Is a pre-selling condo a worthy investment? Find out what benefits you can get in purchasing a unit ahead of its completion.
Q: Why should I invest in a pre-selling condo unit?
A: A condo is considered to be a pre-selling unit when it is up for sale during the project’s planning stages, during its construction, and before its completion. So if you don’t get a physical unit even after you’ve given a down payment, why is it growing in popularity as an investment option?
It costs less than a resale or ready-for-occupancy (RFO) unit
An RFO or ready for occupancy unit is one that a buyer can use right away, whether as a resident or as a lessor. But the thing about an RFO unit is that it costs more than a pre-selling condo since you’re buying a finished unit. With a pre-selling unit, not only do you get to pay about 30% less than you would an RFO, some developers even offer lower down-payments and flexible payment terms, making things financially easier for you.
You have more, and better, options
Once the project’s been completed and most of the units have been picked up by early buyers, what you’ll have left are units that might not bring in as much in terms of return as, say, units located on a higher floor, or those facing a better view. Also, most of the new condos in construction these days have improved design aesthetic, added amenities, and even energy-efficient features such as better air circulation and use of natural light. If you’re buying as an investor, this means when you offer it up for sale or lease, you know you can ask for more compared to an older unit.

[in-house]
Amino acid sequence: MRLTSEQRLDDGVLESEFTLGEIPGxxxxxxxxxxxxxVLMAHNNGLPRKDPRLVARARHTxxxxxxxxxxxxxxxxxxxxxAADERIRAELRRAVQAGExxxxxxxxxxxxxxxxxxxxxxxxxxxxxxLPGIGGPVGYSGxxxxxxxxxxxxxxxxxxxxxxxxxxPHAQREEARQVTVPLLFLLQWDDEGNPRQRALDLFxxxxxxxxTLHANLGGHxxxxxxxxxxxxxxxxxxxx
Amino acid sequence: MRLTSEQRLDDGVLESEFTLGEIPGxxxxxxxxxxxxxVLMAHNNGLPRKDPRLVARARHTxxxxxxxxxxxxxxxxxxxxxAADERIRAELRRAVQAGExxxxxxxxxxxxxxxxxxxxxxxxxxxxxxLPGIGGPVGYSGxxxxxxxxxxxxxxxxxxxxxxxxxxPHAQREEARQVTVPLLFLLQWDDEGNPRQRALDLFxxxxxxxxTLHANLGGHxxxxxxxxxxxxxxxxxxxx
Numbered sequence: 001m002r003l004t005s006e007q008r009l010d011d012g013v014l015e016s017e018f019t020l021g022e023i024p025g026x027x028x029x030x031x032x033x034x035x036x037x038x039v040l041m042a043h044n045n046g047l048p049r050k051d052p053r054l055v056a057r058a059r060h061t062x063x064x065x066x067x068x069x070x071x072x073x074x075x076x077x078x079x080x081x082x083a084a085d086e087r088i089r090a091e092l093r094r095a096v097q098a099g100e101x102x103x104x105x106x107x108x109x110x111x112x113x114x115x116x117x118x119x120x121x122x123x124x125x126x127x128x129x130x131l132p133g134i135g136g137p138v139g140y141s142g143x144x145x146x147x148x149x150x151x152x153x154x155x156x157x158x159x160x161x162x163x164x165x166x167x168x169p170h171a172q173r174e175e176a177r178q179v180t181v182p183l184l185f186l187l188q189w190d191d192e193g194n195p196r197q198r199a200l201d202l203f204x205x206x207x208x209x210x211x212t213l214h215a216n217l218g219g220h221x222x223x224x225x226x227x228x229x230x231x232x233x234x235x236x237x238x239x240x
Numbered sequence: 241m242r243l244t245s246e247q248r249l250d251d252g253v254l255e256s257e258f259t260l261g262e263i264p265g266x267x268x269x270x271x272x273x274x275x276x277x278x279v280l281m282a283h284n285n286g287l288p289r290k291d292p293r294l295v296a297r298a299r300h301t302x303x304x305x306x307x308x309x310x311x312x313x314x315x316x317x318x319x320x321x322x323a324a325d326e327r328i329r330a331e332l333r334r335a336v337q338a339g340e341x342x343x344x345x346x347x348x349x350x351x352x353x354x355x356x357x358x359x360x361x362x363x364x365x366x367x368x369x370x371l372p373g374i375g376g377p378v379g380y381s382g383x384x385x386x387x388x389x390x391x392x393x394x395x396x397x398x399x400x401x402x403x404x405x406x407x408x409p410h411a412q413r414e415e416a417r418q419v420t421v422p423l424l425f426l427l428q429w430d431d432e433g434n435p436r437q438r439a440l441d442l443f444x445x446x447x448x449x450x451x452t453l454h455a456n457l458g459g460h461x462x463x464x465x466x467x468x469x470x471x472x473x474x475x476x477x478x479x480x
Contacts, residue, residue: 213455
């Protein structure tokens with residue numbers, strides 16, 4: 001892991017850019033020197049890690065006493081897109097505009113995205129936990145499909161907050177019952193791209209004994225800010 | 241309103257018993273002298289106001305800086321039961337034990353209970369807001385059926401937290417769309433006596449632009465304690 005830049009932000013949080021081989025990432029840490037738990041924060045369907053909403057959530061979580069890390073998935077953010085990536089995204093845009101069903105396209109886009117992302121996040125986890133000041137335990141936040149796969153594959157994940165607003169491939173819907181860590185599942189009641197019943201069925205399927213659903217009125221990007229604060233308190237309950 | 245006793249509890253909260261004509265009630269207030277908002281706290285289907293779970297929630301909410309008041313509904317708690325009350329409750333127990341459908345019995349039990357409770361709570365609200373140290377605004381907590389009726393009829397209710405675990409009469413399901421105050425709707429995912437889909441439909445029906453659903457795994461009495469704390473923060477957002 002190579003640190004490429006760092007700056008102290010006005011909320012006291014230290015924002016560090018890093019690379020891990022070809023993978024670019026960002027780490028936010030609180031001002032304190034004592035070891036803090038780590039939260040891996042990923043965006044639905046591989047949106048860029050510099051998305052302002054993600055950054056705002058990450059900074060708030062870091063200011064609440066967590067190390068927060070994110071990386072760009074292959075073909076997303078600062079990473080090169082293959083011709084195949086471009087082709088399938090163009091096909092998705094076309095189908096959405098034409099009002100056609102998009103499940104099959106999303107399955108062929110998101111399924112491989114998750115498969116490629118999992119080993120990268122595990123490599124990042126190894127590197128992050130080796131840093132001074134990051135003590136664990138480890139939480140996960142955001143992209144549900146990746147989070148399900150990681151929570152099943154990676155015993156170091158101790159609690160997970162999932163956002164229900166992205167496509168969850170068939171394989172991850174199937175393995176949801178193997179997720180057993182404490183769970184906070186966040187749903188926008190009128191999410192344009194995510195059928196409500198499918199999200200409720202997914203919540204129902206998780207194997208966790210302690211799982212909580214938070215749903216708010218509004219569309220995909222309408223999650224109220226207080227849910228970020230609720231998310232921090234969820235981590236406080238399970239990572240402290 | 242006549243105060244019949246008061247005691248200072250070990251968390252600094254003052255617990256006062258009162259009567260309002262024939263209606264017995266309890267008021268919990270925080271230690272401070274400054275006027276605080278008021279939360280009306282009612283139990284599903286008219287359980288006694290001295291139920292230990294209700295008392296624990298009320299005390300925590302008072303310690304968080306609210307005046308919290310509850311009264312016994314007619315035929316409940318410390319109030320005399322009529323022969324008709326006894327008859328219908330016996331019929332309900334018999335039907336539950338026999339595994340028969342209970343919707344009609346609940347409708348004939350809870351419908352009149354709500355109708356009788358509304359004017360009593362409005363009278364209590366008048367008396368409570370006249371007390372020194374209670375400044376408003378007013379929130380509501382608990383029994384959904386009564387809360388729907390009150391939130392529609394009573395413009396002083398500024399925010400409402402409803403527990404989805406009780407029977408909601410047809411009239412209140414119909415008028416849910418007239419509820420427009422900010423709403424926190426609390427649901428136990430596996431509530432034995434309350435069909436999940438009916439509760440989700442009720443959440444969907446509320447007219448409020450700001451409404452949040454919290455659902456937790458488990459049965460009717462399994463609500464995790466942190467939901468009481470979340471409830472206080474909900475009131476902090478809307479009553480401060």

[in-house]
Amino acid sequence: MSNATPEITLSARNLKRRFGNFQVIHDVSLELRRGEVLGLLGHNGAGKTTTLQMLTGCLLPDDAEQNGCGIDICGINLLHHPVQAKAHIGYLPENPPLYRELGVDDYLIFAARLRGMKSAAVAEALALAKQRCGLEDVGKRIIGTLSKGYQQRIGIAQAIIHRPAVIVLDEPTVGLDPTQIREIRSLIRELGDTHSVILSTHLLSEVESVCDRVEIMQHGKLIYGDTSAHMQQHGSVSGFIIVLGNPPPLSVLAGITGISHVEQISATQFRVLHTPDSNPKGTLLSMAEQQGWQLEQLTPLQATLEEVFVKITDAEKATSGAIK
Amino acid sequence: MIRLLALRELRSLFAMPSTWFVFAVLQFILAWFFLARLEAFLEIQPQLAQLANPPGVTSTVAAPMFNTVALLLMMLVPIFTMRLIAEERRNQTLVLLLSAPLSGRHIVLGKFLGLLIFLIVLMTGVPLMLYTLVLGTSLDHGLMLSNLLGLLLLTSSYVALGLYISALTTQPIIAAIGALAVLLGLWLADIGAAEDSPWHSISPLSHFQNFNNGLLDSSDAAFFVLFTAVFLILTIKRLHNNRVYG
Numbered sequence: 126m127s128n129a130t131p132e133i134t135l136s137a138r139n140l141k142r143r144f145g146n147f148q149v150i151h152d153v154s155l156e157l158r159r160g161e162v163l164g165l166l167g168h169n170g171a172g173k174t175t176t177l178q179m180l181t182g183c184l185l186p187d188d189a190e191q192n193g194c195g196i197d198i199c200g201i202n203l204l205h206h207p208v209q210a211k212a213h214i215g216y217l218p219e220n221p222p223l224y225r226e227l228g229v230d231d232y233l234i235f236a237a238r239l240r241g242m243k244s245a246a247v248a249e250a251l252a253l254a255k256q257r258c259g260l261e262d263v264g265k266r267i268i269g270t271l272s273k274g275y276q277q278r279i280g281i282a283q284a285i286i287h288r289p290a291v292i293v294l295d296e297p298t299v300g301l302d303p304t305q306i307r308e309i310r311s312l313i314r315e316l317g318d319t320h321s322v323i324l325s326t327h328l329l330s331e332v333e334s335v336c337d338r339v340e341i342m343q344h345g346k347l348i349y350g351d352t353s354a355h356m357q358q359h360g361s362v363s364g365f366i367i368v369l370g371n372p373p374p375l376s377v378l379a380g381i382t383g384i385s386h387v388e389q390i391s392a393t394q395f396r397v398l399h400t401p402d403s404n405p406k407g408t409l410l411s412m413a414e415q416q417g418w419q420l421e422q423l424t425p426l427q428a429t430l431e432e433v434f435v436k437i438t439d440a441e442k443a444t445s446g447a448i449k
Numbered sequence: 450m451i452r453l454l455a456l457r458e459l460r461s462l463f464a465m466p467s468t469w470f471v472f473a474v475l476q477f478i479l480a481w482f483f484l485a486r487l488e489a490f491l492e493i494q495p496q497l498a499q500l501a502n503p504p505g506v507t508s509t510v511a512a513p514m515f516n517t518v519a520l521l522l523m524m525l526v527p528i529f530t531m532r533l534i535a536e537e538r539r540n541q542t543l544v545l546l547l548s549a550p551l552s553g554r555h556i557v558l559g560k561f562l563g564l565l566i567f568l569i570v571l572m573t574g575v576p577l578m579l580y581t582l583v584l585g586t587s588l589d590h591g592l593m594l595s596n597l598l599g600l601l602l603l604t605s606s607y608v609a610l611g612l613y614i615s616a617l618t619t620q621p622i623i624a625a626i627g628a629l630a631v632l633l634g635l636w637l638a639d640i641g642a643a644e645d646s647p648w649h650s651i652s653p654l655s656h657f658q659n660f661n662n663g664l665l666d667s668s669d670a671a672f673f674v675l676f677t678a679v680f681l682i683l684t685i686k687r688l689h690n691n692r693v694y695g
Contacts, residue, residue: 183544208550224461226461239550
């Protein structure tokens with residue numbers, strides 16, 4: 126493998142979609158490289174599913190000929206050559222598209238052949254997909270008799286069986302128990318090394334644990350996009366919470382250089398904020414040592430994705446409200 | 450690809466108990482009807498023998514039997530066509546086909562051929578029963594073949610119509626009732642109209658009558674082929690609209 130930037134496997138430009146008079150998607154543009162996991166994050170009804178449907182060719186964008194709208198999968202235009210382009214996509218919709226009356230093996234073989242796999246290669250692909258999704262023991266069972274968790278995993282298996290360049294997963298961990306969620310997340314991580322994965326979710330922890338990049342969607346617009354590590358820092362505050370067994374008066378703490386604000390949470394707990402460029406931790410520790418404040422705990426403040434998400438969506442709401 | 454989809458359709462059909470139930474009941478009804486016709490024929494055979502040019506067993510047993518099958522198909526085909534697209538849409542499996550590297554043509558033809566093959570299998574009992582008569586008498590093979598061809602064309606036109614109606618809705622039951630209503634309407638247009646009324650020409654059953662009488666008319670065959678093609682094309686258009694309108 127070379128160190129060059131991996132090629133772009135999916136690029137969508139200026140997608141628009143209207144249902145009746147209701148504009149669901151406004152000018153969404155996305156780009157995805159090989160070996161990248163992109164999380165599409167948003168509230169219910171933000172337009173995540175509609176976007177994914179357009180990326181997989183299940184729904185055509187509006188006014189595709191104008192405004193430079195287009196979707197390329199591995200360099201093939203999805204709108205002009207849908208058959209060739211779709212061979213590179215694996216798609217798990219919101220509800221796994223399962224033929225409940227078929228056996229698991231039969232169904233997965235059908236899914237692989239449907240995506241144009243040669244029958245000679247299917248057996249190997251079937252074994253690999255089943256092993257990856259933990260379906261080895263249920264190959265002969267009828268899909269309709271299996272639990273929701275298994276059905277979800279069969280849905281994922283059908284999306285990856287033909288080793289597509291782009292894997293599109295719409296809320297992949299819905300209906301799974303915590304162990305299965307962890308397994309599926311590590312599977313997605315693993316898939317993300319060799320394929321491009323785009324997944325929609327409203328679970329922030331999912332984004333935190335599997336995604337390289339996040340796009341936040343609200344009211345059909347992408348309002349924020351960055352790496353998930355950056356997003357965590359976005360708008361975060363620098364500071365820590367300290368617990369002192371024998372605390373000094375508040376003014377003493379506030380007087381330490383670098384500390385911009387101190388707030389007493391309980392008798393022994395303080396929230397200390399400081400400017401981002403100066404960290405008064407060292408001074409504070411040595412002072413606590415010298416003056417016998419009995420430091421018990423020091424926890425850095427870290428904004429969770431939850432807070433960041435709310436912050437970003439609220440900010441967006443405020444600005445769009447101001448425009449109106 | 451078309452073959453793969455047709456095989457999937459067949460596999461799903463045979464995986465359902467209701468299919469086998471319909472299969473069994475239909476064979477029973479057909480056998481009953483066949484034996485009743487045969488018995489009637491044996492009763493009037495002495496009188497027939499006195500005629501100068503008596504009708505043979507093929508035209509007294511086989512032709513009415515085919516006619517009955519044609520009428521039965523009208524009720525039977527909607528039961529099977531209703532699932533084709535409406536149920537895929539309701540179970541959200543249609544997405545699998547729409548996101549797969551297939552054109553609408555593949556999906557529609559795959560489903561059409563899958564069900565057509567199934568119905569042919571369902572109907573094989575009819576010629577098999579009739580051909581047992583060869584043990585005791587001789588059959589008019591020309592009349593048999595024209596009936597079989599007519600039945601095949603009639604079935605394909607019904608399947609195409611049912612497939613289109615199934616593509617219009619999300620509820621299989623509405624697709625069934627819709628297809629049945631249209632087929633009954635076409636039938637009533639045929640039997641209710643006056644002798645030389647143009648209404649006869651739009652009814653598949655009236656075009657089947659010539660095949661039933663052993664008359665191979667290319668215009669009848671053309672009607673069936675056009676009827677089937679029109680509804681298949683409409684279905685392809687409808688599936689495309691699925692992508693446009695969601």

There is a possibility of a higher investment return
Depending on certain factors such as the unit’s location and the real estate market conditions, a pre-selling unit has the potential to earn you more money once it’s completed. In some instances, a condo’s value increases enough that you can resell the unit for twice what you paid for before it was finished.
Be wary, though, that there are some drawbacks in purchasing a pre-selling condo unit. There are some cases where the project’s completion gets delayed, or it doesn’t get finished at all due to funding shortage or bankruptcy. Also, there are instances where the delivered unit is not exactly what the buyer pictured. If the contract stipulates that things are bound to “change without prior notice,” you might get a unit with a different floor plan, finishing, or amenities.
The best way you can protect yourself should you push through with your purchase of a pre-selling unit is by choosing a project built by a reputable developer. It’s also recommended that you consult with a lawyer, who can explain the terms of the pre-selling contract before you sign it.
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